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About CALM / Calmodulin:

Calcium is said to be the most abundant mineral element found inside the human body, followed closely only by the element known as phosphorus. This may not come as a big surprise, as most people are aware of the fact that average human bones get their strength and stability from around two kilos of calcium and phosphorus. To add to this, the human body also utilizes small amounts of calcium ions to complete what are referred to as ‘active duties’. These activities are mostly related to cell signaling, controlling processes like the contraction of muscles, nerve signaling, fertilisation as well as cell division.

CALM Function
With the help of calcium pumps and several forms of calcium binding proteins, your cells can keep internal calcium levels around 1000-10,000 times lower than the calcium levels that are in your blood. As a result, when calcium is actually released into your cells it will communicate with calcium sensing proteins and use this exchange as a trigger for things like muscle contraction, the release of insulin from your pancreas, and even blocking entry to any additional sperm cells after an egg has been successfully fertilised.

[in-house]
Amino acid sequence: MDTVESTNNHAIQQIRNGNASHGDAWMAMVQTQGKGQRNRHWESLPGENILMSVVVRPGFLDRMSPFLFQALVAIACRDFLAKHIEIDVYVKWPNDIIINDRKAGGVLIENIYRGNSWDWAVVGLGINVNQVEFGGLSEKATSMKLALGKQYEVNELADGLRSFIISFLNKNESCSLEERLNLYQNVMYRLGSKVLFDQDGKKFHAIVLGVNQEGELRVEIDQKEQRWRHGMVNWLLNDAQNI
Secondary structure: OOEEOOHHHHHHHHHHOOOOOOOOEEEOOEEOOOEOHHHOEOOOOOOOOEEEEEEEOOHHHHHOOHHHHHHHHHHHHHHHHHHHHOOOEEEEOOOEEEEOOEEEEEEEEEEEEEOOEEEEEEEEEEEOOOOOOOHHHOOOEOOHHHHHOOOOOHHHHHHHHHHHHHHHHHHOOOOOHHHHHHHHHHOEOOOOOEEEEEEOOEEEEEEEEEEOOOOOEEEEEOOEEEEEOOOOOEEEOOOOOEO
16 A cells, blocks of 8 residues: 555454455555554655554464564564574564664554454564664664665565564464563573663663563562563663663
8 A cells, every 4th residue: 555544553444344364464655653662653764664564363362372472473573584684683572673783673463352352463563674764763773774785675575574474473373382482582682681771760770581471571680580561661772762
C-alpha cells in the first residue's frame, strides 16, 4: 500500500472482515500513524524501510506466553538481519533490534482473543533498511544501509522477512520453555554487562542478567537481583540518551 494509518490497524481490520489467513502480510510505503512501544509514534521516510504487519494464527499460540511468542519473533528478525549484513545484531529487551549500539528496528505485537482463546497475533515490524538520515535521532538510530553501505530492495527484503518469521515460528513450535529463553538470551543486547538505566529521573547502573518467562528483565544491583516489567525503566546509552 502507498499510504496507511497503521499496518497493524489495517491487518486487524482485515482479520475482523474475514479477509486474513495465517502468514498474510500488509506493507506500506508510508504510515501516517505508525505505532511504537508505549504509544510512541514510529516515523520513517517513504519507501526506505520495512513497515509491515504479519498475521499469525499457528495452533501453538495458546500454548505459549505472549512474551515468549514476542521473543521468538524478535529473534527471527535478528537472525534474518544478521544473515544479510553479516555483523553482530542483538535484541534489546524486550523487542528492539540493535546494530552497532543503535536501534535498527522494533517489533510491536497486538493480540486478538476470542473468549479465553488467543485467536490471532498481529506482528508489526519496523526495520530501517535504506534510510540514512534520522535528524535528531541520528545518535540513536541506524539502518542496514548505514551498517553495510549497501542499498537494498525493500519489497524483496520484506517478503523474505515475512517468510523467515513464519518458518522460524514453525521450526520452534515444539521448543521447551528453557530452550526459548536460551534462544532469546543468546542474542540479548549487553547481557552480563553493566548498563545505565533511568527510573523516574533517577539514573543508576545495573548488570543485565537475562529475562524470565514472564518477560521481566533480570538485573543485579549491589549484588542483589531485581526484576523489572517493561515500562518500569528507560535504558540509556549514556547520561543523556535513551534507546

Calmodulin Mechanism
Calmodulin is a calcium modulated protein. It is found frequently in the cytoplasm of any higher cell, and has been conserved and maintained throughout the process of human evolution. CALM acts as an intermediary protein that assesses and addresses calcium levels, relaying signals to lots of different enzymes which are sensitive to calcium, as well as ion channels and other specific proteins. Calmodulin is described as a small dumbbell shaped protein which is composed of two ‘globular’ domains, connected to each other by a flexible linker. Each end must bind to two calcium ions to complete their activities successfully.